Cloud Computing Patents: Everything You Need to Know
Cloud computing patents are internet-based computing inventions that provide people with the ability to utilize shared computer processing resources. 3 min read
Cloud Computing Patents
Cloud computing patents are internet-based computing inventions that provide people with the ability to utilize shared computer processing resources. Thus, those cloud users can store data on a variety of software applications that are shared with others. Such cloud computing can be a great benefit to businesses depending on the company’s size, industry, and goals. Such benefits can include lower costs, easier maintenance, added flexibility, and improved IT security. Some of the most popular examples of cloud computing services include IBM, Google, and Amazon Web Services.
Risks of Cloud Computing
With the above-mentioned benefits in mind, there is also great risk when using the cloud to store and maintain data. But a lot of businesses, and generally speaking, the public, aren’t aware of such risks, or the risks simply go overlooked. Storing patent information on the cloud could be a benefit for Patent Assertion Entities (“PAEs”), which are businesses that acquire patents from third parties and subsequently seek to generate revenue by asserting them against supposed infringers.
- PAEs generally store countless patents on the cloud, usually vague and/or broad patents, for the purpose of suing companies on the grounds of patent infringement in order to earn compensatory damages and/or ongoing royalty payments.
- The reason PAEs do this is because it is easy to find infringers by utilizing codes for open source, thus making the cloud an easy target.
- PAEs then target cloud customers as customers don’t usually have the same level of knowledge as cloud service providers and are less prepared to defend a patent infringement suit.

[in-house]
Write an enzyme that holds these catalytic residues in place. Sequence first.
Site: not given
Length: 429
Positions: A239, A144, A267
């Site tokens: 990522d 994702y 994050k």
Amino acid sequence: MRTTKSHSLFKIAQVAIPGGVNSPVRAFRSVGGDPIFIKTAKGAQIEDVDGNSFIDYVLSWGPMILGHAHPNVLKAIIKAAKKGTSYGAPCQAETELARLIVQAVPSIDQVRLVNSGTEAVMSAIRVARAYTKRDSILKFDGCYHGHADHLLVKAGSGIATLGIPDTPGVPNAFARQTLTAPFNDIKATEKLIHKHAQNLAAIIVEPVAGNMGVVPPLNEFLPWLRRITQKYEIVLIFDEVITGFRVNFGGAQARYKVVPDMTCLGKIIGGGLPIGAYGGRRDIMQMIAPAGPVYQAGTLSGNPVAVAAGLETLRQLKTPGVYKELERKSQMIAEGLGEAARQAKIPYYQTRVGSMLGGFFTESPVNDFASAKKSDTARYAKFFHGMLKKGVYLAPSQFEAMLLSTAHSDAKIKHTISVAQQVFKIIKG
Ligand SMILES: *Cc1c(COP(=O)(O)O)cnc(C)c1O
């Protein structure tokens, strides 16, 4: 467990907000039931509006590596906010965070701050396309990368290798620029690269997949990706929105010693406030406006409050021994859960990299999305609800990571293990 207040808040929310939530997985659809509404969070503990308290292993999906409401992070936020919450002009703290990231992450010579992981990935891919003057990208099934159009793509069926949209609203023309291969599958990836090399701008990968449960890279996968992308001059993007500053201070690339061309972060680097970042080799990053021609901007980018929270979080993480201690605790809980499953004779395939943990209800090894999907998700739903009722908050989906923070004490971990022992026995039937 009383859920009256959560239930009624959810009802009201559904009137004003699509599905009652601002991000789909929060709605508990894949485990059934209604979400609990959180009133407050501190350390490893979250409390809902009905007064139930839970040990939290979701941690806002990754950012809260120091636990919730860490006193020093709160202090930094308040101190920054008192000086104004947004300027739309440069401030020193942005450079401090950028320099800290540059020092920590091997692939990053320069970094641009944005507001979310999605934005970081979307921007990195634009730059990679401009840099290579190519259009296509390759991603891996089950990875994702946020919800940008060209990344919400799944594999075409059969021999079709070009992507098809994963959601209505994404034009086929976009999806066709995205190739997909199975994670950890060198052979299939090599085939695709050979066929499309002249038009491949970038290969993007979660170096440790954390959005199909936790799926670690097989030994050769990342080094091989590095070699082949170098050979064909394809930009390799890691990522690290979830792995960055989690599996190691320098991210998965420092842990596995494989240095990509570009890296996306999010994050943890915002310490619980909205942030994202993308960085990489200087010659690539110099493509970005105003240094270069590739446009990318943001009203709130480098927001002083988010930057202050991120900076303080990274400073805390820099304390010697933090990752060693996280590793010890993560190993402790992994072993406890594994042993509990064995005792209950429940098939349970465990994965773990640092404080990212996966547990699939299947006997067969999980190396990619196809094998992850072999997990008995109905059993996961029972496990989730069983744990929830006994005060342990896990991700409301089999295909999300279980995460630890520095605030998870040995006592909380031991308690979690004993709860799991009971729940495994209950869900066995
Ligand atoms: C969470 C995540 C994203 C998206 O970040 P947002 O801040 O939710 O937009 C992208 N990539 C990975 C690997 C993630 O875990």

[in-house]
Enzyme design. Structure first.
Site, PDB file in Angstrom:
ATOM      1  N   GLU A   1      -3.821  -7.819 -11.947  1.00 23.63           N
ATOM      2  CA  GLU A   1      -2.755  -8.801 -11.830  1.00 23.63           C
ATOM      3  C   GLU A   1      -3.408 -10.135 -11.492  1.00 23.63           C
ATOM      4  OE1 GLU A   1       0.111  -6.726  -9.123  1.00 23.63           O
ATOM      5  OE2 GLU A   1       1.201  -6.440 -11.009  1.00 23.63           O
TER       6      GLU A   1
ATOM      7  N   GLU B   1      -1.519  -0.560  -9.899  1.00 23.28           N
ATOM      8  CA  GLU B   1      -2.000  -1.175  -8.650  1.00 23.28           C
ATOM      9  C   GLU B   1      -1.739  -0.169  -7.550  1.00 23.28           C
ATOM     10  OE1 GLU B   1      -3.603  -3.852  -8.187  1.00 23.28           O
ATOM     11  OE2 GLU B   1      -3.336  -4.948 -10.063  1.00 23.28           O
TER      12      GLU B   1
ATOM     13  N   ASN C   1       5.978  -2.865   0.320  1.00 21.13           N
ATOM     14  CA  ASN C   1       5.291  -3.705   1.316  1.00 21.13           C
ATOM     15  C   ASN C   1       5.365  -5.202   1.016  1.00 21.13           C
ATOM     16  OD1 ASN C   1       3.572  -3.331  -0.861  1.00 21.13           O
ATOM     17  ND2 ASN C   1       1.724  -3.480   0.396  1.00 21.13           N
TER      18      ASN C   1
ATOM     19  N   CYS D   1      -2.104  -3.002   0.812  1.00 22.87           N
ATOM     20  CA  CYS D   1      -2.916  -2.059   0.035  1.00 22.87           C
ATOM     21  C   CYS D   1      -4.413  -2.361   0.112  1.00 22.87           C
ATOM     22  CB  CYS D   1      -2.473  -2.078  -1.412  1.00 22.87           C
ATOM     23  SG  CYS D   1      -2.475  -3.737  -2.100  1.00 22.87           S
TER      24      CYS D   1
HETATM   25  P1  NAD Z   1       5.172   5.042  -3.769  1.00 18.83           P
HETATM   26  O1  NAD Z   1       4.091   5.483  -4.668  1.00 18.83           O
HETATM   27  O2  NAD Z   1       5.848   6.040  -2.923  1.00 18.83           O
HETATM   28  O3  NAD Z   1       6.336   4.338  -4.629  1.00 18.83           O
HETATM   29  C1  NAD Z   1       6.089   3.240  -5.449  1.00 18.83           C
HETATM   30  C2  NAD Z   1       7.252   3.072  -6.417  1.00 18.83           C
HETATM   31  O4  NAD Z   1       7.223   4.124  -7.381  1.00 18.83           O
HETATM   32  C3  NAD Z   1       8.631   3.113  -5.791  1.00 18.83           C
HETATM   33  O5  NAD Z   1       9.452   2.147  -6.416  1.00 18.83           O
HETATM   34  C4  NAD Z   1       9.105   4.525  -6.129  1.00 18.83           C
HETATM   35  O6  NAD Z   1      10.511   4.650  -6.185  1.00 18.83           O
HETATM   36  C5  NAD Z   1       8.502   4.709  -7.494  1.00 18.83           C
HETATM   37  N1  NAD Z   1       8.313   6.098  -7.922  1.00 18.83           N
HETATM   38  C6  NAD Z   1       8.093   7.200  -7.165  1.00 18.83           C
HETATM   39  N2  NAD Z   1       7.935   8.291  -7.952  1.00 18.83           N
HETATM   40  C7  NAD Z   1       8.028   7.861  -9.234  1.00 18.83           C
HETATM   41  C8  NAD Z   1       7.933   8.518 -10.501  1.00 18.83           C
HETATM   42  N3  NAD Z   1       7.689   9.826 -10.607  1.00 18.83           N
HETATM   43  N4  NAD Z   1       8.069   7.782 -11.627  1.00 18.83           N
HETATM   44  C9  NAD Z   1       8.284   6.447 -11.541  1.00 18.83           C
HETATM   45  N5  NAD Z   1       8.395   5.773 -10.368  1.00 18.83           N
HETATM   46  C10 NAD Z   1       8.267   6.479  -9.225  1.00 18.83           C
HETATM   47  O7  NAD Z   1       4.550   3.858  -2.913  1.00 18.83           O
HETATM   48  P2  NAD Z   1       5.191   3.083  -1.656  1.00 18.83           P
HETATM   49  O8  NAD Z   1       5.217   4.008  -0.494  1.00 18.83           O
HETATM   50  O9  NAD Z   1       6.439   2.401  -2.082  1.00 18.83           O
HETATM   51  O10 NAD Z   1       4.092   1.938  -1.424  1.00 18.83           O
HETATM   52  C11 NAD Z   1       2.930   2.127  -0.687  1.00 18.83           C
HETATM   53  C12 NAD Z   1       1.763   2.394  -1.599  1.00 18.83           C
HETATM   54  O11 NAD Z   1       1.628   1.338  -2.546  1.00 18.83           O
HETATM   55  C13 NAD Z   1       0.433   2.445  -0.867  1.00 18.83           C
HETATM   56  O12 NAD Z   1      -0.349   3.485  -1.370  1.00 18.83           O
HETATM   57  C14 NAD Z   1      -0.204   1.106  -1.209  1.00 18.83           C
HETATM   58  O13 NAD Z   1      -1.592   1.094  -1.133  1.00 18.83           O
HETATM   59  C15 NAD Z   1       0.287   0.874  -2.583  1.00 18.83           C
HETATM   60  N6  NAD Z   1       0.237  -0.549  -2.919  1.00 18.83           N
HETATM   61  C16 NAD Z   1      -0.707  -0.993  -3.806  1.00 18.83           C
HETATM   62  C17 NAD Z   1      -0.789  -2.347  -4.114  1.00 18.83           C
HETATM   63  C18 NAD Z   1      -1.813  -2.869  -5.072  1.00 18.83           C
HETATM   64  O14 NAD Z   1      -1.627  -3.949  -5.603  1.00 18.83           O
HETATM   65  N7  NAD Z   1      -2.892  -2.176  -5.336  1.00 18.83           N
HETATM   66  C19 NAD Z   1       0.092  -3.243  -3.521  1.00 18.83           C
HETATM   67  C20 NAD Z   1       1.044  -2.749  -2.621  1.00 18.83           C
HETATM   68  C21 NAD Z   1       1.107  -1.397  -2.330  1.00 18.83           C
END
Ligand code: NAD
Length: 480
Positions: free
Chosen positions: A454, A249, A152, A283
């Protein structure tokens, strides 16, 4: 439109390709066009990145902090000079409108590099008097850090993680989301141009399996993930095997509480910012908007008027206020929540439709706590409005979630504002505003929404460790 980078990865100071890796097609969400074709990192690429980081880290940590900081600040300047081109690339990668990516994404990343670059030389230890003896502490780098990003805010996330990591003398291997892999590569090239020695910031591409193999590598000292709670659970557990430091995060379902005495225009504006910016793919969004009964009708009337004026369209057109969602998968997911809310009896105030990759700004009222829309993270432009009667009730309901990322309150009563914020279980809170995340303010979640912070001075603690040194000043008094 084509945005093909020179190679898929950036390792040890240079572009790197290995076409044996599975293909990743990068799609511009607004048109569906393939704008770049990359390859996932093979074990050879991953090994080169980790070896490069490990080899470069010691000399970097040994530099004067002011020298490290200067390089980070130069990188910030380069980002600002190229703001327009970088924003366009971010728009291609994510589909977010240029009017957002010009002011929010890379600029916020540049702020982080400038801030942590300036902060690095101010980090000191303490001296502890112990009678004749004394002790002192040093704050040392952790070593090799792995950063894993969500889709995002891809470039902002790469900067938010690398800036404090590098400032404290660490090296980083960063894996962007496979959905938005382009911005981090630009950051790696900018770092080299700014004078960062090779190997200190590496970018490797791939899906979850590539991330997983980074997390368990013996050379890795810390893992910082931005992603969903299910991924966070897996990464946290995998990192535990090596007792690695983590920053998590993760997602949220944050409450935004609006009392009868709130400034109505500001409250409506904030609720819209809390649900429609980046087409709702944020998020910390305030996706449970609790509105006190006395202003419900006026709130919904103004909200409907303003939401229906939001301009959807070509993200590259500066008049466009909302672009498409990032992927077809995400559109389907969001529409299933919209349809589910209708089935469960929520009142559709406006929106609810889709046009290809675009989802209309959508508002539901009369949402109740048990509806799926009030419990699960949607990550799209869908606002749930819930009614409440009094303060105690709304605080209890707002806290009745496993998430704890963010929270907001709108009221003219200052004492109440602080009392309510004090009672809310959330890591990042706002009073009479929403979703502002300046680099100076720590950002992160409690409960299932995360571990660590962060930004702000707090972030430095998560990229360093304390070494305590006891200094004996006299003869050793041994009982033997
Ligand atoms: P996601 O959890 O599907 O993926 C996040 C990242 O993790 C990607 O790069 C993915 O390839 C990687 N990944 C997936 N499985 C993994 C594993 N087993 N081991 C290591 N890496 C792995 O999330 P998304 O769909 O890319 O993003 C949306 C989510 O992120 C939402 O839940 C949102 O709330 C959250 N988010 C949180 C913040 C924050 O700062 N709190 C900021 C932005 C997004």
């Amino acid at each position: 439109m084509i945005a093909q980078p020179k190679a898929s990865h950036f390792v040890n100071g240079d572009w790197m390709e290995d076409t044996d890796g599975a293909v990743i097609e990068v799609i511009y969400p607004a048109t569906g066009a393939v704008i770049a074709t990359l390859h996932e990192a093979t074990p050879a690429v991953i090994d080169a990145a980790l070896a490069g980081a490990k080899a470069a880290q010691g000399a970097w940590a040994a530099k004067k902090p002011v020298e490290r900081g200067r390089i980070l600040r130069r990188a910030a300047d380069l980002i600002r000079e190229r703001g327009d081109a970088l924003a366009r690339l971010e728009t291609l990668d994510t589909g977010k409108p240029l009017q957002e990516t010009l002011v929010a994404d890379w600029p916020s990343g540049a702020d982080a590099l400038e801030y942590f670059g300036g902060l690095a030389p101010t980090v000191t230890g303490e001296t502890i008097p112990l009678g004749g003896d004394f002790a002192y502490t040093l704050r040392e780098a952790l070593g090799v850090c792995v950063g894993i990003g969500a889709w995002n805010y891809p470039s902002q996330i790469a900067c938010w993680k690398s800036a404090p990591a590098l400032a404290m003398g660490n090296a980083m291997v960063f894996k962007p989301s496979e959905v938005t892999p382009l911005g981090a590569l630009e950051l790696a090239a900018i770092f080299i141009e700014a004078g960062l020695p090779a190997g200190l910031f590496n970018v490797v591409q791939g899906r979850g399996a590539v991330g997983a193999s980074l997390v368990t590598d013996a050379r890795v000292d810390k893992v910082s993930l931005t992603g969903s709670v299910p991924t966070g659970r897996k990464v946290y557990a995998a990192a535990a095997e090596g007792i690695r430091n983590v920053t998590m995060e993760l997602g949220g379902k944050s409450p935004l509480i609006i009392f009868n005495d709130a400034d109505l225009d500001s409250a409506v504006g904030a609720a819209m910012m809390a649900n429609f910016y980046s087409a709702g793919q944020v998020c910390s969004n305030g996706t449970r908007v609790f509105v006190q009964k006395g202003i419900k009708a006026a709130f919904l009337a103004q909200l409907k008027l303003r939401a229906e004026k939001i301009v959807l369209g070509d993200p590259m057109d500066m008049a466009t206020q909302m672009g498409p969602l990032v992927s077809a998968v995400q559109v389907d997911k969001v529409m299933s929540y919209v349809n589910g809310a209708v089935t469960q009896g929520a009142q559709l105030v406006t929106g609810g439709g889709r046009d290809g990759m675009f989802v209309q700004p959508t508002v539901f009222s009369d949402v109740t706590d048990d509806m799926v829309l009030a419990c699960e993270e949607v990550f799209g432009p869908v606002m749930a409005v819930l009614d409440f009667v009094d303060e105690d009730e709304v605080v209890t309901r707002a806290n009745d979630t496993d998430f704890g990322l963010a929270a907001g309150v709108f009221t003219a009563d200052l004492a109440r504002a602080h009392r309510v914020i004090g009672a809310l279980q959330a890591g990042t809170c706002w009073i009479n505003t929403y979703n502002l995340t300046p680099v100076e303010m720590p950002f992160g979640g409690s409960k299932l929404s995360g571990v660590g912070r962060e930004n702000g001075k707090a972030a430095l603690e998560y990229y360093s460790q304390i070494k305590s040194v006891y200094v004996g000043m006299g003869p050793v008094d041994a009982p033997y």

Enforcement of Cloud Computing Infringement
Since there is no such thing as an international patent, PAEs cannot file an infringement claim in one country (the U.S.) and receive compensatory relief for a patent that is protected in another country, i.e. Europe. Therefore, if the PAE wants to go after the alleged infringer, then it will need to file claims in any country in which the product is being used. For strategically important patents, they are always part of a patent family that are granted by several countries. The IFI Claims Service examines the geographical distribution of companies that are assigned U.S. patents. The top 5 countries include:
- United States – 41%
- Japan – 28%
- Korea – 15%
- Taiwan – 4%
- Germany – 3%
Based on the significant difference between U.S. patents (167 in total) and the total number of patent families worldwide (1,616 in total), it’s clear that a majority of strategically important patents are being filed outside of the U.S., which is where a lot of infringement cases are brought. For example, Switzerland is a common jurisdiction for enforcement, as it is a party to many international IP treaties. Recognition of foreign arbitral awards usually holds merit in the Swiss Federal Supreme Court, as the court has a narrow interpretation of public policy and generally hesitates to re-examine the merits of foreign arbitral awards.
A Prime Example of How Cloud Computing Can Be Protected: IBM
Over the past year and a half, IBM has obtained 1,200 patents on cloud computing. Its patents are more general in nature, specifically general cloud processes or operations that other service providers already use. For that reason, IBM’s patent library may be used to demand royalty payments or other monetary relief if others hold a patent on it. However, based on the U.S. Patent and Trademark Office’s issuance of Patent 8,949,415, a business operating in the cloud computing space can conserve network bandwidth by conducting a network disablement action. Thus, businesses can use secure data and deploy secured data to one or more secure servers, thereby reducing what is left on the cloud. Other patent issuances by the USPTO provide safety measures for businesses operating in the cloud computing industry and storing such important and confidential data on the cloud.
If you need help with learning more about cloud computing patents, or need assistance in defending an infringement suit against a PAE, you can post your legal need on UpCounsel’s marketplace. UpCounsel accepts only the top 5 percent of lawyers to its site. Lawyers on UpCounsel come from law schools such as Harvard Law and Yale Law and average 14 years of legal experience, including work with or on behalf of companies like Google, Menlo Ventures, and Airbnb.